Medical advice:What is Bowel Cancer
Knowing the symptoms to look out for is vital to ensure the early diagnosis of bowel cancer. If symptoms persist for six weeks or more, you should visit your doctor.
Symptoms to look out for:
· Change of bowel habit
• Recent, persistent change of bowel habit to looser, more diarrhoea-like motions.
• Going to the toilet more often.
• Change of bowel habit is especially important if you also have bleeding.
· Rectal bleeding
• Rectal bleeding that persists with no anal symptoms. Bleeding can be due to piles so you will need to have any bleeding checked.
• If you are over 60 and suffering from rectal bleeding, it is important to go for further investigation. Piles in older people can hide more serious symptoms.
· Other higher-risk symptoms and signs include:
• Unexplained anaemia.
• A lump in your stomach.
• Persistent, severe stomach pain, which has come on recently for the first time (especially in an older age group)
Diet, lifestyle and family history are the three things most likely to affect a person’s chances of developing bowel cancer. Your risk of bowel cancer also increases with age, but it does affect younger people. Bowel cancer affects men and women almost equally, although research suggests slightly more men die from the disease. Scientists are still unsure about the causes of bowel cancer, which usually starts as a benign (not cancerous) polyp that becomes cancerous. A polyp is a mushroom-like growth that occurs inside the bowel. Only about 5% of polyps develop into cancer.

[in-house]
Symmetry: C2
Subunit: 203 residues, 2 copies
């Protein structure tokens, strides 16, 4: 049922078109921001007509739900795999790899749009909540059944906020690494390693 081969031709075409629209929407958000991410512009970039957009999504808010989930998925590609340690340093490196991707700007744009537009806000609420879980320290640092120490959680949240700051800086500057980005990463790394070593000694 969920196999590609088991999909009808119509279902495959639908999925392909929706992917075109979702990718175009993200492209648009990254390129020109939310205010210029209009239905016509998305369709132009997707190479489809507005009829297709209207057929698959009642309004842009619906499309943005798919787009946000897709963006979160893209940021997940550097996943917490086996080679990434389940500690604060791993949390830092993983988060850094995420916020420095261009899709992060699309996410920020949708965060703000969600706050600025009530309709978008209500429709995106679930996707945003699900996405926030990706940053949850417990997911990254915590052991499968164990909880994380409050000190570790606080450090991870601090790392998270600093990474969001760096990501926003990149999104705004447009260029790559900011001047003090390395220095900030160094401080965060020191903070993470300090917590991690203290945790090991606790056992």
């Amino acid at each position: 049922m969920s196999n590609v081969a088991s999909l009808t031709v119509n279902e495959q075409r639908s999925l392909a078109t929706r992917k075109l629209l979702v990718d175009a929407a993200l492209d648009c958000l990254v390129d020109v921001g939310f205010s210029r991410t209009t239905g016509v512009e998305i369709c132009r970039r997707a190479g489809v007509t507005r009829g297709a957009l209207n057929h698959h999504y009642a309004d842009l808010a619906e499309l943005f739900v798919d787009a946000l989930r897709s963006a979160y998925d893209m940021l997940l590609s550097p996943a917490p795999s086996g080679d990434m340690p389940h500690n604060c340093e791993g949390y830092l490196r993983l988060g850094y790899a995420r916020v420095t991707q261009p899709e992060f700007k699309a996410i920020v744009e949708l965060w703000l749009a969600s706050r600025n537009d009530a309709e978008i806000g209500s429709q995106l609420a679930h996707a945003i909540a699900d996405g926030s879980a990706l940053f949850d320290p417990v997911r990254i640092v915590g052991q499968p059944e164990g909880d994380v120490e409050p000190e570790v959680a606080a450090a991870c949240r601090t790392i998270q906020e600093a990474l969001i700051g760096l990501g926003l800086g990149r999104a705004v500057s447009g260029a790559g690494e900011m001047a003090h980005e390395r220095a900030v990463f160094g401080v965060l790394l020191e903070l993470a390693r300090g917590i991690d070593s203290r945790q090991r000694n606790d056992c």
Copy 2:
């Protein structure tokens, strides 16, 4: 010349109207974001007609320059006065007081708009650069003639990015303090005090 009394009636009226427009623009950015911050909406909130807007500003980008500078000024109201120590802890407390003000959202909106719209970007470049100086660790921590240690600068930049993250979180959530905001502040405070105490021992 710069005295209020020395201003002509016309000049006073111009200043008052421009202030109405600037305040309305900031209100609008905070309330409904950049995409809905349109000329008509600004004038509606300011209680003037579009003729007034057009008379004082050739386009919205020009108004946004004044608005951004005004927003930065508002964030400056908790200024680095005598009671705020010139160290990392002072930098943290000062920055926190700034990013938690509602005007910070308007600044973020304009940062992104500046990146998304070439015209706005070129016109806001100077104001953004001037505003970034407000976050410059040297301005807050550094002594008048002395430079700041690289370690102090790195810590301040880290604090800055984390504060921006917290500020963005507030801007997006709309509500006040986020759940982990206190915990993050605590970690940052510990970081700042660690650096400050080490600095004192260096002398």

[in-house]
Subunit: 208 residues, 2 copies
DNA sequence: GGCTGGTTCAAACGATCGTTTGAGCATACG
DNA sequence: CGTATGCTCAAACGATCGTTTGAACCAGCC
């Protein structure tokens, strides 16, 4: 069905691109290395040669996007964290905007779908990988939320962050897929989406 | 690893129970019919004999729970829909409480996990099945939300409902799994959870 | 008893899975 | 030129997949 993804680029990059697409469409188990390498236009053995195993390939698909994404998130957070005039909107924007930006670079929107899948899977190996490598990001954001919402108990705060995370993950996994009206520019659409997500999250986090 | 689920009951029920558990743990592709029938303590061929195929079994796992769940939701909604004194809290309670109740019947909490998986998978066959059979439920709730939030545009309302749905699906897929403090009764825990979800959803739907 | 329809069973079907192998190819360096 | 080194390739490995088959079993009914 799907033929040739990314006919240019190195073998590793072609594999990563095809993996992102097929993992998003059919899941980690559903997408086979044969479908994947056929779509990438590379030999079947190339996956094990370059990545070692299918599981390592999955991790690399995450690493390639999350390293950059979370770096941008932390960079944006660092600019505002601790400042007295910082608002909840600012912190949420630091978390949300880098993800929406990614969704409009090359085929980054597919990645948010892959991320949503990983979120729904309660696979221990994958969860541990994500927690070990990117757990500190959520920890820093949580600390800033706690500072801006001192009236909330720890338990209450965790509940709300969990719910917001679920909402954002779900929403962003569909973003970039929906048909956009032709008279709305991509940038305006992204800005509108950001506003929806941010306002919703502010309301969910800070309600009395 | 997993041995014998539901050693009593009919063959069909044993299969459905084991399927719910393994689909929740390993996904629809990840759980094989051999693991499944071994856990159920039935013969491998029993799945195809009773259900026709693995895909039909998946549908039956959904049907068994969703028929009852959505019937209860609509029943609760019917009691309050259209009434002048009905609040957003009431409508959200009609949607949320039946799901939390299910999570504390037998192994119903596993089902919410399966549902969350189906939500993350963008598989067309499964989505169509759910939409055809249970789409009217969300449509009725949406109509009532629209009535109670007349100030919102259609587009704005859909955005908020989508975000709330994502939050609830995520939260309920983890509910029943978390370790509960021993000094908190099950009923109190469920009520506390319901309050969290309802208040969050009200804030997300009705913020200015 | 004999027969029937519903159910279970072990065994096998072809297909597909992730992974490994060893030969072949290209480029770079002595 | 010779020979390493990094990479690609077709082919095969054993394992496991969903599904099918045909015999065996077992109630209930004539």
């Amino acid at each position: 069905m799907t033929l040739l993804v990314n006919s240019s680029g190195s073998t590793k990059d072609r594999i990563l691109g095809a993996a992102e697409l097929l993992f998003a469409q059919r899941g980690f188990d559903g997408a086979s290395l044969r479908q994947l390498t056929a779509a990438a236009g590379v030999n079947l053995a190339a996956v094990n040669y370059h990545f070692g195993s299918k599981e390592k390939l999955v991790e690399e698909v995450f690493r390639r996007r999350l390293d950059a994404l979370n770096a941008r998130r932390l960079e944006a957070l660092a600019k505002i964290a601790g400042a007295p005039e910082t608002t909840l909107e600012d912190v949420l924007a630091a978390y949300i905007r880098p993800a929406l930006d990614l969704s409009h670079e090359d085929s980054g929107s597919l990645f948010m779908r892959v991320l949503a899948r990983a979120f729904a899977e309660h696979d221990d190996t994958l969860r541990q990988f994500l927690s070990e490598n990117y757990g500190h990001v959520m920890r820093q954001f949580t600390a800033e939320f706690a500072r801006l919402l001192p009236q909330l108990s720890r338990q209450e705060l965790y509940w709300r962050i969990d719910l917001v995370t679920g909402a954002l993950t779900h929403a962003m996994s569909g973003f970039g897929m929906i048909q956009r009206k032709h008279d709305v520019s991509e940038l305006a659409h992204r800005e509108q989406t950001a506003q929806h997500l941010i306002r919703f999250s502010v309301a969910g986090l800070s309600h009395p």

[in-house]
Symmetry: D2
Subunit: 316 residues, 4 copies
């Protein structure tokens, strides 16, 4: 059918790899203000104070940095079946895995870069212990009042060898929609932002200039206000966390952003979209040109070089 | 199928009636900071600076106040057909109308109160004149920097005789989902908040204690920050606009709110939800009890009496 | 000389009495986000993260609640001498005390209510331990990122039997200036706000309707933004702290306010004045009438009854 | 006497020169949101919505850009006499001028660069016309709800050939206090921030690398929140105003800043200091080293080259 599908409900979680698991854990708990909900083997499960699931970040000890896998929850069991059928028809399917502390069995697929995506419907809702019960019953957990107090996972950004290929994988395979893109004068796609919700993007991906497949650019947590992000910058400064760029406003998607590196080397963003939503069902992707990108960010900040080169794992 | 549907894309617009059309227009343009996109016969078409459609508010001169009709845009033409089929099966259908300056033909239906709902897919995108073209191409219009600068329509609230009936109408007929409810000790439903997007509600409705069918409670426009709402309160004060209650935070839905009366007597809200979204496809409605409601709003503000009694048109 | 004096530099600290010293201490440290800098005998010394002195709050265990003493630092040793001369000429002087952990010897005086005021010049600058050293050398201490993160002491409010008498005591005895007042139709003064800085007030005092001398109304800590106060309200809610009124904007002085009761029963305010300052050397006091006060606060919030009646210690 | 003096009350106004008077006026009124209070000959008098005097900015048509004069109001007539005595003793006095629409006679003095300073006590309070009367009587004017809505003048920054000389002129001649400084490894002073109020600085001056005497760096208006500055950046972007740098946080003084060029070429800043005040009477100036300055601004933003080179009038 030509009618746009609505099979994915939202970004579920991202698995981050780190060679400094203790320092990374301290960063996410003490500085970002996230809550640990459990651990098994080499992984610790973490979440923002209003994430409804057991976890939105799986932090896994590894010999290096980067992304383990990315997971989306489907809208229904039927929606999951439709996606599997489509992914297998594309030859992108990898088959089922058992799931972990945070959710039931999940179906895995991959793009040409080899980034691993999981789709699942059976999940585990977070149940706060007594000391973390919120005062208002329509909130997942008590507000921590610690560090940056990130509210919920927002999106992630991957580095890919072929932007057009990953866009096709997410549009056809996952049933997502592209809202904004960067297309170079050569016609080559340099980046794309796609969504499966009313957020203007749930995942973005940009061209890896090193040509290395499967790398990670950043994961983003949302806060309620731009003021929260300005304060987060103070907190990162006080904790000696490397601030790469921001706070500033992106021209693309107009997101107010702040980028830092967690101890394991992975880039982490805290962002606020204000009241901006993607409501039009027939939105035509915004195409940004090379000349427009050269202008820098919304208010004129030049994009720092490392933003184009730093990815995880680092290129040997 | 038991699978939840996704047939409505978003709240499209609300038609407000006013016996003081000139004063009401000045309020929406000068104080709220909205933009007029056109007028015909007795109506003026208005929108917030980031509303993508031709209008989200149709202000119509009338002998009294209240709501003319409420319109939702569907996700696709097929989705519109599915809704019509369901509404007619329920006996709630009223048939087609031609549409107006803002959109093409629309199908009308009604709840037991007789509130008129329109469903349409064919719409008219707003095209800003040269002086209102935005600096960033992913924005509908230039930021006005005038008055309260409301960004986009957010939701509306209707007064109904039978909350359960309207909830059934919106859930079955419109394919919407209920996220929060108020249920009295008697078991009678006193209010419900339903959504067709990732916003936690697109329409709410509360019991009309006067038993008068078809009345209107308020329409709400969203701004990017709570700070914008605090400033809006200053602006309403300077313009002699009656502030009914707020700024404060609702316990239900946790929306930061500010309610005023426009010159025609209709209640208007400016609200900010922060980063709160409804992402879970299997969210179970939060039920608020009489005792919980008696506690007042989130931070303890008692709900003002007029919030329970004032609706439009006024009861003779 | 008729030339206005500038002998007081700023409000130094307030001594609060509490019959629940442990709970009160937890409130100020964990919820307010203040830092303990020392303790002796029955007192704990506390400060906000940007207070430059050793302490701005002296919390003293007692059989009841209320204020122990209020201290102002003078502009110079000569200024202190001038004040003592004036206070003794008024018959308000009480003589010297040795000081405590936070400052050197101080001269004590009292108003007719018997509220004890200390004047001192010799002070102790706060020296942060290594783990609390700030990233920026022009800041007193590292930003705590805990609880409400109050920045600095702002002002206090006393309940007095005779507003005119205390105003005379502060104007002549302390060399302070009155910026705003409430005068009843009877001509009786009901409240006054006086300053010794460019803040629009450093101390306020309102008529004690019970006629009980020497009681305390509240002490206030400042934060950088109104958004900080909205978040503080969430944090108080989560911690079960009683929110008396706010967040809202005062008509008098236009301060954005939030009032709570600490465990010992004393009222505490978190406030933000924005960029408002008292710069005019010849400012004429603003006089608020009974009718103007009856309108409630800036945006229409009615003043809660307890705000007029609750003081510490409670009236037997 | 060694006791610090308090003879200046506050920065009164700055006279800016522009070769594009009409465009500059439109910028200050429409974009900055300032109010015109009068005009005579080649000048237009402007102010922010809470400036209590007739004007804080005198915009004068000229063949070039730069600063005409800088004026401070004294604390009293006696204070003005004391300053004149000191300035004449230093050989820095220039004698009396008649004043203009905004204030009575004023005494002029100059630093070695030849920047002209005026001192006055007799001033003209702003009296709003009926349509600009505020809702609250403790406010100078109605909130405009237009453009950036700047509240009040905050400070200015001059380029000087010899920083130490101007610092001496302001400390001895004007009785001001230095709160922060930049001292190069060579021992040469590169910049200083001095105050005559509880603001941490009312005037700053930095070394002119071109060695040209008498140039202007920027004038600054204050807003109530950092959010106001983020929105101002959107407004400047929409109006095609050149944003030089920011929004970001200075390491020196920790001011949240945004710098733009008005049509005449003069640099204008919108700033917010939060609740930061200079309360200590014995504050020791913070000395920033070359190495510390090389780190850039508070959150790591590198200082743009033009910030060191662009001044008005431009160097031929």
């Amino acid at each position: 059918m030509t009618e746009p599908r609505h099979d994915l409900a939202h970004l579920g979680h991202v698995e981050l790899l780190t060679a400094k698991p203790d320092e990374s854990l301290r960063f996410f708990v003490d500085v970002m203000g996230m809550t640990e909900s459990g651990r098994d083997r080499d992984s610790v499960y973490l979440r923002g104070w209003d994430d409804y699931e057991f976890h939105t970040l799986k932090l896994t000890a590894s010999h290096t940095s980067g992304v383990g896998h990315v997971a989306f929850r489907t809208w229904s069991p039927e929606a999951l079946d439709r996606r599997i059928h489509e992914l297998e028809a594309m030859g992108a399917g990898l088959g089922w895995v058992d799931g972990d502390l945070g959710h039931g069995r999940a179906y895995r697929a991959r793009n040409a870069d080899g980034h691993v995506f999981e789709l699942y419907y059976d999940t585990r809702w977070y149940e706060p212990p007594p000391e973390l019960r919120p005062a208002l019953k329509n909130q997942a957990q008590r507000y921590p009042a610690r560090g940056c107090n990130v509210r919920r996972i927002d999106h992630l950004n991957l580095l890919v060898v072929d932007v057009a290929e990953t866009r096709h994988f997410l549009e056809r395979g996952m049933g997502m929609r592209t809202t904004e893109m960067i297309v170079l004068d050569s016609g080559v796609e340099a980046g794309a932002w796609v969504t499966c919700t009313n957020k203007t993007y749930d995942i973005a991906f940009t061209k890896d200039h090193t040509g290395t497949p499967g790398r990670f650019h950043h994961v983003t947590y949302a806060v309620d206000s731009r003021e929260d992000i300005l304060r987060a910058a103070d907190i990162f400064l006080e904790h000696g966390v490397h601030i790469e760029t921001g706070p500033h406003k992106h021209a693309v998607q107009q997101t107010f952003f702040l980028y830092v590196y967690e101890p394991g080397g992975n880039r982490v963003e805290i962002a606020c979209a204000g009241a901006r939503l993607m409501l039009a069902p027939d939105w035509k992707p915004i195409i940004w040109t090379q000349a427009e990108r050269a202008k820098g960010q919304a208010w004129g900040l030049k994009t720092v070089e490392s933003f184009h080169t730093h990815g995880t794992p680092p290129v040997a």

The following factors may increase the risk of developing bowel cancer:
· Diet and Lifestyle factors
• A diet high in fat and protein and low in fruit and vegetables
• Alcohol consumption
• Weight gain, particularly around the waist
• Low rates of physical activity.
· Family history of bowel cancer
• Having a parent, brother, sister or child who has had bowel cancer
· Rare genetic conditions
• Hereditary non-polyposis colorectal cancer (HNPCC)
• Familial adenomatous polyposis (FAP)
· Other conditions that may increase risk
•Having had Crohn’s disease or ulcerative colitis for more than 10 years.
While no cancer is completely preventable, you can lower your risk of bowel cancer by eating a healthy diet and exercising regularly.
- Eat plenty of vegetables, legumes (dried beans, peas or lentils), fruits & cereals
- Include lean meat, fish and poultry.
- Include milks, yoghurts and cheeses. Reduced fat varieties should be chosen where possible.
- Drink plenty of water.
- Limit saturated fat and moderate total fat intake.
- Limit your intake of red meat and processed meat.
- Choose foods low in salt.
- Limit your alcohol intake if you choose to drink.
- Consume only moderate amounts of sugars and foods containing added sugars.
- Quit smoking.
People who have bowel cancer in their family, or a genetic predisposition to the disease, should be offered regular screening regardless of whether they are showing symptoms
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